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  • IBM introduces the first Watson-based cognitive computing solution for oncology

    IBM introduces the first Watson-based cognitive computing solution for oncology


    Date added: 2013-02-11


    Mark Kris, MD, Chief of Thoracic Oncology, Memorial Sloan-Kettering Cancer Center (LEFT) and Manoj Saxena, IBM General Manager, Watson Solutions (RIGHT) work with the first Watson-based cognitive computing solution for oncology. IBM, Memorial Sloan-Kettering and WellPoint today introduced the first commercially based products based on Watson at an IBM health care forum in New York City. (Credit: Jon Simon/Feature Photo Service)

     

     



  • IBM discussed new uses of Watson in medicine during an IBM health care event in NYC

    IBM discussed new uses of Watson in medicine during an IBM health care event in NYC


    Date added: 2013-02-11


    Manoj Saxena, IBM General Manager, Watson Solutions (RIGHT) discussed new uses of Watson in medicine during an IBM health care event in New York City. IBM, Memorial Sloan-Kettering and WellPoint today introduced the first commercially available Watson-based cognitive computing solutions for oncology and utilization management. (Credit: Jon Simon/Feature Photo Service)

     

     





  • A Patent Milestone

    A Patent Milestone


    Date added: 2013-01-10


    IBM topped the U.S. patent list for the 20th consecutive year in 2012. The company's inventors received a record 6,478 patents in 2012 for a range of inventions that will enable advancements across key domains, such as analytics, Big Data, cybersecurity, cloud, mobile, and a new era of cognitive computing systems. IBM Master Inventor Stephen Bedell (pictured) shows a new class of flexible and versatile semiconductor materials enabled by U.S. Patent #8,247,261 that will power ultra-thin, lightweight and flexible products and can be applied to a wide range of technologies such as biomedical, security, wearable computing and solid-state lighting. (Credit: Jon Simon/Feature Photo Service for IBM)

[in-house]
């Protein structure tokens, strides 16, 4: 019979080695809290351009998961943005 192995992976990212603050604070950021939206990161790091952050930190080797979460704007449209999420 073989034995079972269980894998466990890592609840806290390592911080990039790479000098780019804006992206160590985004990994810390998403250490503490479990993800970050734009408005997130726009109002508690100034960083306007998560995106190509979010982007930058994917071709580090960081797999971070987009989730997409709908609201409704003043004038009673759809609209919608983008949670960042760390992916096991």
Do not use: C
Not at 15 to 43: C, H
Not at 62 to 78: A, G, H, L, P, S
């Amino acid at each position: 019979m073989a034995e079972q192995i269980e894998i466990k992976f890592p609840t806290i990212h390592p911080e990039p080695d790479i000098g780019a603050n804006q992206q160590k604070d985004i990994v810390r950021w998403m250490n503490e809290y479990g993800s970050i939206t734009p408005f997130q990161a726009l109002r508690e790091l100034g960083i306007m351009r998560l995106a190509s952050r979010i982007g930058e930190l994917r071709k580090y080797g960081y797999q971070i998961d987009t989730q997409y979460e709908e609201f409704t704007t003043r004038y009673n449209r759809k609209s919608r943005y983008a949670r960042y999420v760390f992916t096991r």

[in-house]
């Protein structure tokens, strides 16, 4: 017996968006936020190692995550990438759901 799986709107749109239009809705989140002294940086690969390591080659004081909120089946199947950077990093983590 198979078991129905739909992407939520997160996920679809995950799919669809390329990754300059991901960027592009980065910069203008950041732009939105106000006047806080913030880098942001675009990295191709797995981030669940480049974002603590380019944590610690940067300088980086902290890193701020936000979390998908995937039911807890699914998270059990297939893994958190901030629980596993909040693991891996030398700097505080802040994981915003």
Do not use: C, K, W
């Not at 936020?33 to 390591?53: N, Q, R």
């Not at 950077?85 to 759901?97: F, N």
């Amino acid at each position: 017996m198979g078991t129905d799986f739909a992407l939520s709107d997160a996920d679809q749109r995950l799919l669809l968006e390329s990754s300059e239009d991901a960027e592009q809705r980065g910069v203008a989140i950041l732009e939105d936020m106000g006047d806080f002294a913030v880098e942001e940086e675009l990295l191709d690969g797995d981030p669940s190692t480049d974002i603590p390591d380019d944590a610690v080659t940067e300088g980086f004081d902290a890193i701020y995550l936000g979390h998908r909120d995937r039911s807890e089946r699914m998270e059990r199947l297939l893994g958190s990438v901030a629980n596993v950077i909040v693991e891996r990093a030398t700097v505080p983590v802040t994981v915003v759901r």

• Keeping Data Centers Cool on the Dawn of Winter


    Keeping Data Centers Cool on the Dawn of Winter



    Date added: 2012-12-20


    With holiday shoppers rushing to take advantage of the final week of "free-shipping" offers from online retailers, computer rooms will need to keep the air conditioning on, even though the first day of winter is two days away. With more than 33 million servers in the world, cooling the computers is an acute problem. Most data centers use 25% of their total energy to simply cool their machines. IBM's Energy Efficiency Lab in Poughkeepsie, NY. was the setting for a two-year project with the U.S. Department of Energy that ends next week, to devise new methods of cooling computers. Here, IBM engineer, Milnes David, inspects the chilled innards of a radiator-equipped IBM computer. The radiators slash the amount of energy required to cool a typical data center -- from 25% to less than 4%. IBM demonstrated the new radiator technology in June 2012, when it built the world's fastest, hot-water cooled supercomputer for the Leibniz Superconductor Center in Germany. The patented cooling technology is an option available on all of IBM's servers. (Jon Simon/Feature Photo Service for IBM) More info: Michael Corrado, mcorrado@us.ibm.com

     

     

     


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